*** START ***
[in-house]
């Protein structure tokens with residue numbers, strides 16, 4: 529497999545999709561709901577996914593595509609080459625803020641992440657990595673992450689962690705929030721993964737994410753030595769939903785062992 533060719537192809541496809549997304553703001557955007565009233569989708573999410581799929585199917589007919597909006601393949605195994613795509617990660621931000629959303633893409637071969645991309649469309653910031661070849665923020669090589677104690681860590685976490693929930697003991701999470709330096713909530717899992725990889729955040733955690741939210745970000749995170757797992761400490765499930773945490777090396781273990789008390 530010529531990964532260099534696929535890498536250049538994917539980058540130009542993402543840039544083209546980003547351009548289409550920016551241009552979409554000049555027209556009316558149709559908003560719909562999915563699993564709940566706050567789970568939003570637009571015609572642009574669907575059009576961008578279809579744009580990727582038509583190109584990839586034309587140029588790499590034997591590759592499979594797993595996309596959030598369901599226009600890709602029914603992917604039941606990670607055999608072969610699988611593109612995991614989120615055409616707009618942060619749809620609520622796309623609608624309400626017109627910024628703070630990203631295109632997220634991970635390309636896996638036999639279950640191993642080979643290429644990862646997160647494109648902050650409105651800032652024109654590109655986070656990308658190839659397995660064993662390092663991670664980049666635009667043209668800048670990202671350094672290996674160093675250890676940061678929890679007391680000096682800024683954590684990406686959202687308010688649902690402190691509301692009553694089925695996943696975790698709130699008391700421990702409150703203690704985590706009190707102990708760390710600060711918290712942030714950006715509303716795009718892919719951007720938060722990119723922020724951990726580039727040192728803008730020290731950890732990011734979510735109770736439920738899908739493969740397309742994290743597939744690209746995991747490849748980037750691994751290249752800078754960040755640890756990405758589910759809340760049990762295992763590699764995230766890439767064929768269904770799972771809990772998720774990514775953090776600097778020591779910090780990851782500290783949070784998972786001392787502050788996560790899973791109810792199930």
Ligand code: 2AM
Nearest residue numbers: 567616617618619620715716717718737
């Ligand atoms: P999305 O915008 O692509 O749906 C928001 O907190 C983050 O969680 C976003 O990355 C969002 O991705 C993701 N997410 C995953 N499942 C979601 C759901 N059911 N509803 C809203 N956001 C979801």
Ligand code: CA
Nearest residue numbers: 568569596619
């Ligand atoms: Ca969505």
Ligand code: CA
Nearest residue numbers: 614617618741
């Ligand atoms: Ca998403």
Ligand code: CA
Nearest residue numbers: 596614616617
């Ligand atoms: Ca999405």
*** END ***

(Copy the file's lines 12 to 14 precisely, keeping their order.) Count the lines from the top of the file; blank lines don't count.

Ligand code: CA
Nearest residue numbers: 596614616617
């Ligand atoms: Ca999405």